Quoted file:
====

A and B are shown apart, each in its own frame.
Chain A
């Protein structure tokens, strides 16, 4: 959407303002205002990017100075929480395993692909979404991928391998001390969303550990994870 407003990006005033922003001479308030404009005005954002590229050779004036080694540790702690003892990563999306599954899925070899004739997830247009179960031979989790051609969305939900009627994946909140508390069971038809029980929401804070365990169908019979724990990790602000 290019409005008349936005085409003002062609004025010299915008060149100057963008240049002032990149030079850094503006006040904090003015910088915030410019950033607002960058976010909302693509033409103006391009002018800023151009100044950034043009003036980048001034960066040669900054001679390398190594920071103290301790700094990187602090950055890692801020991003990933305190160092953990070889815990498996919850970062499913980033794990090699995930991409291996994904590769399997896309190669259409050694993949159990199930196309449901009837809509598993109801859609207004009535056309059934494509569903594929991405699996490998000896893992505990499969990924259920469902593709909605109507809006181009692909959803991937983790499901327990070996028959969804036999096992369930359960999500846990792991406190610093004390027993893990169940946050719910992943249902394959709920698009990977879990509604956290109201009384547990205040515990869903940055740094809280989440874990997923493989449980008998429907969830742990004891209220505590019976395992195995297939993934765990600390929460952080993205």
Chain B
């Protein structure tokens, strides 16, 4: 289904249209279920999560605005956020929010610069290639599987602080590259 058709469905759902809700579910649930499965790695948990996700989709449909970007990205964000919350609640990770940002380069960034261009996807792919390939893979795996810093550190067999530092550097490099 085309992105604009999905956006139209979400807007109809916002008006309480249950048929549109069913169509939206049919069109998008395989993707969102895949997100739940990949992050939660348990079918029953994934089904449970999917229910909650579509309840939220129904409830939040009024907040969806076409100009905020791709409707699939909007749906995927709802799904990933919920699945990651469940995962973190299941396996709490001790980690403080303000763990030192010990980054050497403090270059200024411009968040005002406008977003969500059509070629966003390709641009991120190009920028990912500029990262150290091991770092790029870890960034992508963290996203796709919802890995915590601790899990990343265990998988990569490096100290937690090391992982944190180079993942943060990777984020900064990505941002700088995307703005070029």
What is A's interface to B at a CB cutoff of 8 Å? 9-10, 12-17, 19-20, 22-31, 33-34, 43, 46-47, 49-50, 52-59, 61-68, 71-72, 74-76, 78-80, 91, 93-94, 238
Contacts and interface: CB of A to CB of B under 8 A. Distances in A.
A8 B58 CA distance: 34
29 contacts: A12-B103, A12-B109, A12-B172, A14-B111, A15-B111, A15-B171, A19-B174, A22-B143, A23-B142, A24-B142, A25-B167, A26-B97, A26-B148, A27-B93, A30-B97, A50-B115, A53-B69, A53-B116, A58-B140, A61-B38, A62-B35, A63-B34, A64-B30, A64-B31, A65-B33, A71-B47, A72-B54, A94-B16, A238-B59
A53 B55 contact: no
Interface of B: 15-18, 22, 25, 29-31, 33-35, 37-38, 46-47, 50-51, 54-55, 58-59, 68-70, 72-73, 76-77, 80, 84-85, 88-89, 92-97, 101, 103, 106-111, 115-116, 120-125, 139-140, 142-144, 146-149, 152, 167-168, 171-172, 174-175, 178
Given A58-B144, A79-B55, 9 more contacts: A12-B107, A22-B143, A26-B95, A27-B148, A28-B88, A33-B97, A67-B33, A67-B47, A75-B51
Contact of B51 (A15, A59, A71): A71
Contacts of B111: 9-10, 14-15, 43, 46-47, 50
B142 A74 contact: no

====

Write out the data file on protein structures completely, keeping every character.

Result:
A and B are shown apart, each in its own frame.
Chain A
């Protein structure tokens, strides 16, 4: 959407303002205002990017100075929480395993692909979404991928391998001390969303550990994870 407003990006005033922003001479308030404009005005954002590229050779004036080694540790702690003892990563999306599954899925070899004739997830247009179960031979989790051609969305939900009627994946909140508390069971038809029980929401804070365990169908019979724990990790602000 290019409005008349936005085409003002062609004025010299915008060149100057963008240049002032990149030079850094503006006040904090003015910088915030410019950033607002960058976010909302693509033409103006391009002018800023151009100044950034043009003036980048001034960066040669900054001679390398190594920071103290301790700094990187602090950055890692801020991003990933305190160092953990070889815990498996919850970062499913980033794990090699995930991409291996994904590769399997896309190669259409050694993949159990199930196309449901009837809509598993109801859609207004009535056309059934494509569903594929991405699996490998000896893992505990499969990924259920469902593709909605109507809006181009692909959803991937983790499901327990070996028959969804036999096992369930359960999500846990792991406190610093004390027993893990169940946050719910992943249902394959709920698009990977879990509604956290109201009384547990205040515990869903940055740094809280989440874990997923493989449980008998429907969830742990004891209220505590019976395992195995297939993934765990600390929460952080993205």
Chain B
């Protein structure tokens, strides 16, 4: 289904249209279920999560605005956020929010610069290639599987602080590259 058709469905759902809700579910649930499965790695948990996700989709449909970007990205964000919350609640990770940002380069960034261009996807792919390939893979795996810093550190067999530092550097490099 085309992105604009999905956006139209979400807007109809916002008006309480249950048929549109069913169509939206049919069109998008395989993707969102895949997100739940990949992050939660348990079918029953994934089904449970999917229910909650579509309840939220129904409830939040009024907040969806076409100009905020791709409707699939909007749906995927709802799904990933919920699945990651469940995962973190299941396996709490001790980690403080303000763990030192010990980054050497403090270059200024411009968040005002406008977003969500059509070629966003390709641009991120190009920028990912500029990262150290091991770092790029870890960034992508963290996203796709919802890995915590601790899990990343265990998988990569490096100290937690090391992982944190180079993942943060990777984020900064990505941002700088995307703005070029």
What is A's interface to B at a CB cutoff of 8 Å? 9-10, 12-17, 19-20, 22-31, 33-34, 43, 46-47, 49-50, 52-59, 61-68, 71-72, 74-76, 78-80, 91, 93-94, 238
Contacts and interface: CB of A to CB of B under 8 A. Distances in A.
A8 B58 CA distance: 34
29 contacts: A12-B103, A12-B109, A12-B172, A14-B111, A15-B111, A15-B171, A19-B174, A22-B143, A23-B142, A24-B142, A25-B167, A26-B97, A26-B148, A27-B93, A30-B97, A50-B115, A53-B69, A53-B116, A58-B140, A61-B38, A62-B35, A63-B34, A64-B30, A64-B31, A65-B33, A71-B47, A72-B54, A94-B16, A238-B59
A53 B55 contact: no
Interface of B: 15-18, 22, 25, 29-31, 33-35, 37-38, 46-47, 50-51, 54-55, 58-59, 68-70, 72-73, 76-77, 80, 84-85, 88-89, 92-97, 101, 103, 106-111, 115-116, 120-125, 139-140, 142-144, 146-149, 152, 167-168, 171-172, 174-175, 178
Given A58-B144, A79-B55, 9 more contacts: A12-B107, A22-B143, A26-B95, A27-B148, A28-B88, A33-B97, A67-B33, A67-B47, A75-B51
Contact of B51 (A15, A59, A71): A71
Contacts of B111: 9-10, 14-15, 43, 46-47, 50
B142 A74 contact: no